Moravians in the Eastern Cape, 1828-1928: Four Accounts of Moravian Mission Work on the Eastern Cape Frontier – Timothy J Keegan


Condition : Very Good.
Second series, No.35, Van Riebeeck Society for the Publication of South African Historical Documents, 2004, Hardback with removable protective plastic wrap – Africana – 308pp.

Moravians in the Eastern Cape, 1828-1928: Four Accounts of Moravian Mission Work on the Eastern Cape Frontier — Timothy J. Keegan [Editor]

The four missionary texts which make up this volume reveal the little-known range of Moravian mission work in the Eastern Cape, from its inception in 1828 to 1928.
Vivid and subjective in character, they illuminate this lesser-known field of Moravian mission activity in South Africa, which extended to the Xhosa the pioneering work done at Genadendal and its family of stations in the Eastern Cape.

The narratives paint a graphic picture of the commitment of the missionaries and their families, the successes and failures of their evangelical mission work and provide rare insights into the thinking and conduct of those who converted to Christianity.

The Moravian Church is one of the oldest protestant denominations in the world and the name comes from the original exiles who fled to Saxony (in today’s Germany) in 1722 from Moravia (in today’s Czech Republic). The Moravians were pioneers of the widespread wave of Protestant evangelicalism from the eighteenth century and sent missionaries to countries all over the world, including the Cape of Good Hope. In 1737 they sent a young man named Georg Schmidt to the Cape. Thus, the Moravians were the first missionaries amongst the indigenous people of South Africa.

When Schmidt arrived at the Cape, he found Khoi families scattered around Baviaanskloof (later called Genadendal) in the Overberg region, and gathered them to start his work.. However, when he baptised five Khoi in 1743 the Dutch Settlers and their church were so outraged resulting in his deportation from the Cape.

In 1792, nearly fifty years later, the Moravians received permission to continue with mission work in South Africa and to establish good relations with the authorities. The London Missionary Society (LMS) was also active in South Africa, but in contrast to the Moravians, their ethos was highly political. The Moravians, given their sensitive position as aliens in a British Colony, were not inclined to pronounce on the politics of colonisation. During the tumultuous period on the eastern frontier from 1809, the LMS work amongst the Xhosa was disbanded by the authorities and all mission work in the Colony was entrusted to the trustworthy Moravians. Xhosa-speakers from Boer farms, who spoke Dutch, started to arrive at Genadendal and the Moravians started considering the expantion of their mission activities to the east.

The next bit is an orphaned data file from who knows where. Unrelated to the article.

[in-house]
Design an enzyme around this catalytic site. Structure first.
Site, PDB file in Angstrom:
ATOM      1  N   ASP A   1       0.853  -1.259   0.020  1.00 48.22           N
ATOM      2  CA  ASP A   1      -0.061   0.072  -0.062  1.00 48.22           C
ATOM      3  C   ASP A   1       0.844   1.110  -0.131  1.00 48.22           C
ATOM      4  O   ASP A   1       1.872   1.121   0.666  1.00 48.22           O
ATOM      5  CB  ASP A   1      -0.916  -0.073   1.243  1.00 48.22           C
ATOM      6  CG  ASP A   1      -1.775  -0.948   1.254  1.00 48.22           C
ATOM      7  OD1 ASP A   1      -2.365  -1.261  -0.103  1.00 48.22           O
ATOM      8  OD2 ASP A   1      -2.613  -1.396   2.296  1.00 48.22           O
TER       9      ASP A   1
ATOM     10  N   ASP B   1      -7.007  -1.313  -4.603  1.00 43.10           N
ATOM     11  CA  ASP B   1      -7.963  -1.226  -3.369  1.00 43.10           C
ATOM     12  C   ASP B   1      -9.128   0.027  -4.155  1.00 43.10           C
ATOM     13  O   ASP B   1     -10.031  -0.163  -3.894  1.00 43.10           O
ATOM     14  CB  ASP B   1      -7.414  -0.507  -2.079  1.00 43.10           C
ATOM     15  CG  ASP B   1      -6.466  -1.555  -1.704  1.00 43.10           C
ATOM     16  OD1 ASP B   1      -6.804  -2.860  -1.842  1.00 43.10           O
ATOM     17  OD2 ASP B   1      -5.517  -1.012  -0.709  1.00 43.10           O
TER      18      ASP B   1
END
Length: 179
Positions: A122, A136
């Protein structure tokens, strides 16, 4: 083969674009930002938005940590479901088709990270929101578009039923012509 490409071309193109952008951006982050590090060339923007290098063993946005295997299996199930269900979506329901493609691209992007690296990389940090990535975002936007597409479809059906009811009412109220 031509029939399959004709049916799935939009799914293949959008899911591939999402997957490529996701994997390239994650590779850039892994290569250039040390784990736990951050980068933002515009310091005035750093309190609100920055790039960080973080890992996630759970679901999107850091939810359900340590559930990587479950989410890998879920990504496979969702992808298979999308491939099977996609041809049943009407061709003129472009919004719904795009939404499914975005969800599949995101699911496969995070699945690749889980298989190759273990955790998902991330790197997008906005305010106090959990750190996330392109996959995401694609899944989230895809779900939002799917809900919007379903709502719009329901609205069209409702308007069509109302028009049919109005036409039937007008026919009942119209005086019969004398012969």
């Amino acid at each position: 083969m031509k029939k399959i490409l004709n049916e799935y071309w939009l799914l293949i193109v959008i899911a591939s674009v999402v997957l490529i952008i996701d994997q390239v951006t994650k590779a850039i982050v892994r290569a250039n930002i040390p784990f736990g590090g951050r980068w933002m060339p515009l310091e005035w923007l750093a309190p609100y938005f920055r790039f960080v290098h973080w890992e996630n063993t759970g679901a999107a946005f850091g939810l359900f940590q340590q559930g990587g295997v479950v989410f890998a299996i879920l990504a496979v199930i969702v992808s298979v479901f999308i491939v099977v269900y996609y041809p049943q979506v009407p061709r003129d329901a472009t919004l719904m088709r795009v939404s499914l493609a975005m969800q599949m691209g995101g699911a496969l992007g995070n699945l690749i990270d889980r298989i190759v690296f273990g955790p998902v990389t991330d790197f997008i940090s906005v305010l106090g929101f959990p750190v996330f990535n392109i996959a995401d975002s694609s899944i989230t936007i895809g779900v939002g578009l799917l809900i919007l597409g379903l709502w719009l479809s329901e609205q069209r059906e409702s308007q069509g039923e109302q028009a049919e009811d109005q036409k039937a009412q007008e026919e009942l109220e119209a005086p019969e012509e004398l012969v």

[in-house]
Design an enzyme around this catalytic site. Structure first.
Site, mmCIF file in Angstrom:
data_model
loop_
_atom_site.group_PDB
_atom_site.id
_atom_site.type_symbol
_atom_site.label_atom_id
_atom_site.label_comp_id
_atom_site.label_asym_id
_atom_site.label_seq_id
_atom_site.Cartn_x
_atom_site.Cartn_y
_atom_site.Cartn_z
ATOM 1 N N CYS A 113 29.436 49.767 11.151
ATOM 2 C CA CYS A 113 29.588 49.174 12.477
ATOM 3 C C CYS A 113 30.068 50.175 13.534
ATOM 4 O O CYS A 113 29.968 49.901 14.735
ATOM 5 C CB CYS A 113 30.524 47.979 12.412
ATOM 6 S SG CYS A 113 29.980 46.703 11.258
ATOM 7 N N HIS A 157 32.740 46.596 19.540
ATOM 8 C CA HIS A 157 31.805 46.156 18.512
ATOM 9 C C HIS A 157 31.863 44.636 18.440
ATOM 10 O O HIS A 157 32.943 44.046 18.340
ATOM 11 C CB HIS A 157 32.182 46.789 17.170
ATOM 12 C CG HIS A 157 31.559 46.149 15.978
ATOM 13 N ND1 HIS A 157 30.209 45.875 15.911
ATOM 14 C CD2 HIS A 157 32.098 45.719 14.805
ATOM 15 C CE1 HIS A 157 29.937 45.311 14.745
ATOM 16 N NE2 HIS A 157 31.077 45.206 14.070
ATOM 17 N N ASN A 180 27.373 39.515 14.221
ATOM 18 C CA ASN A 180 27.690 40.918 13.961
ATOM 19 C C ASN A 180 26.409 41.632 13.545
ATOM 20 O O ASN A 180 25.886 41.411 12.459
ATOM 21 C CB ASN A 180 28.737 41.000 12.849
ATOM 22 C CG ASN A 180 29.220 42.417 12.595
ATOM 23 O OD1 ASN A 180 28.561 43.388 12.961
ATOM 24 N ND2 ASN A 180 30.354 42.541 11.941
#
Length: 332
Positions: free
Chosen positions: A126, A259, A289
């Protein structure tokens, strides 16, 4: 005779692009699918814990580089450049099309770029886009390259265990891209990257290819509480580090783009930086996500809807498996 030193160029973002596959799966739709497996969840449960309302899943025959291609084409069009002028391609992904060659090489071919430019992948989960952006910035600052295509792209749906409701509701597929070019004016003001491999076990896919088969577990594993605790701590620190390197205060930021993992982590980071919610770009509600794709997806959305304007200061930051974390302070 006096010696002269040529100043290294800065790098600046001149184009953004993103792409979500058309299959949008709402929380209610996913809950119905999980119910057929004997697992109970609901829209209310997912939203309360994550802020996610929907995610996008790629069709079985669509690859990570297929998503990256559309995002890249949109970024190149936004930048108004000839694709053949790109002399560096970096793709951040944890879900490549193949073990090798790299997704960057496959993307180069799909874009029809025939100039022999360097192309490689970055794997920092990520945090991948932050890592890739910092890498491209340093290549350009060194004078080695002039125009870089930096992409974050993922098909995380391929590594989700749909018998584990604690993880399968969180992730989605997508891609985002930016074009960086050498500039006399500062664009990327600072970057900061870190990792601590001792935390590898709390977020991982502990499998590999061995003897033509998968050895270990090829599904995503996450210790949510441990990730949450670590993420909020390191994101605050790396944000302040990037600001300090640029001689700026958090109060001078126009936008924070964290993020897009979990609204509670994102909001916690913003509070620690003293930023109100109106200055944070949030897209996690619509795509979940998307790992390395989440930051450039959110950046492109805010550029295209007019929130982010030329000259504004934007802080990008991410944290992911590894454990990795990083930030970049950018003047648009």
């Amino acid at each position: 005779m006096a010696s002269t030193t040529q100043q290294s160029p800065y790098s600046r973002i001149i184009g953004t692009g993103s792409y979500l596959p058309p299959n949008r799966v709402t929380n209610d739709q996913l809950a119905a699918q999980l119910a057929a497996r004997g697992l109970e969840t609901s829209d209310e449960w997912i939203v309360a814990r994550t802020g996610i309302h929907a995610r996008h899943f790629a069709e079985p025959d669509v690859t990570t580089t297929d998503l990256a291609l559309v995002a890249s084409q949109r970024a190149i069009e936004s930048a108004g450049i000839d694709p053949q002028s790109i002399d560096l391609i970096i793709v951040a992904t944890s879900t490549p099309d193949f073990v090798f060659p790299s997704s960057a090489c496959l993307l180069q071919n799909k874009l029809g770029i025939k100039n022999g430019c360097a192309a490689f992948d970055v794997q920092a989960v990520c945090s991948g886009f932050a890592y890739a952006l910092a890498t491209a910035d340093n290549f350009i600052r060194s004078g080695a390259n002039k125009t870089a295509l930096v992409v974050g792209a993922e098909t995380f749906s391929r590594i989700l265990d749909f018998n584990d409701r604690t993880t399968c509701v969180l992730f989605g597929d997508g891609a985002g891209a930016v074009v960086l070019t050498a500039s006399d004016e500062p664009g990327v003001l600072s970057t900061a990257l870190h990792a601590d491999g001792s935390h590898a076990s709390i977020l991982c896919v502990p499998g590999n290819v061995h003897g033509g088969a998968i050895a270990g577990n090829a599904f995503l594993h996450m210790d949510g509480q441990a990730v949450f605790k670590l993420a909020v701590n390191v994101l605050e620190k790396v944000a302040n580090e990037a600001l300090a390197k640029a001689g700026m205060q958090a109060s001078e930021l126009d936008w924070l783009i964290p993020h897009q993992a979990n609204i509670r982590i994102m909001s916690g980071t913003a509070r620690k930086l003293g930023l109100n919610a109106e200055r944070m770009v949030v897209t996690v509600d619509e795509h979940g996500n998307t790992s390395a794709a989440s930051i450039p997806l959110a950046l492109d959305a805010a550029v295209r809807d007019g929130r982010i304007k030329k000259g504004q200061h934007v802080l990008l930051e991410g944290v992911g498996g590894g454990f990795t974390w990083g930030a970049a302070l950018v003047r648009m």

Before his departure from the Cape in 1826, Lord Charles Somerset suggested to the Moravians that they should expand beyond the frontier. Consequently their first mission station, called Shiloh, was established in 1828 between the Klipplaat and Oxkraal Rivers in the vicinity of today’s Sada and Whittlesea. Shiloh developed into a neat and well laid-out village on the banks of the river with a water conduit of about 5 km in length, well-cultivated fields yielding harvests of vegetables, fruit and tobacco and a population of about 800 people by 1868. On one of his visits Governor sir Harry Smith commented “I wish I had ten such stations along the border; this would be a better protection than all our military posts’ ‘.

This volume contains four accounts of Moravian mission work on the Eastern Cape frontier. They are:
A Century of Moravian Mission Work in the Eastern Cape Colony and Transkei, 1828-1928 by Ernst van Calker.
Heinrich Meyer – A Stalwart of the Mission Field by Paul Moths.
Seeking Refuge by Hermann Gustav Schneider
Life in Africa 50 Years Ago by Meta Spear

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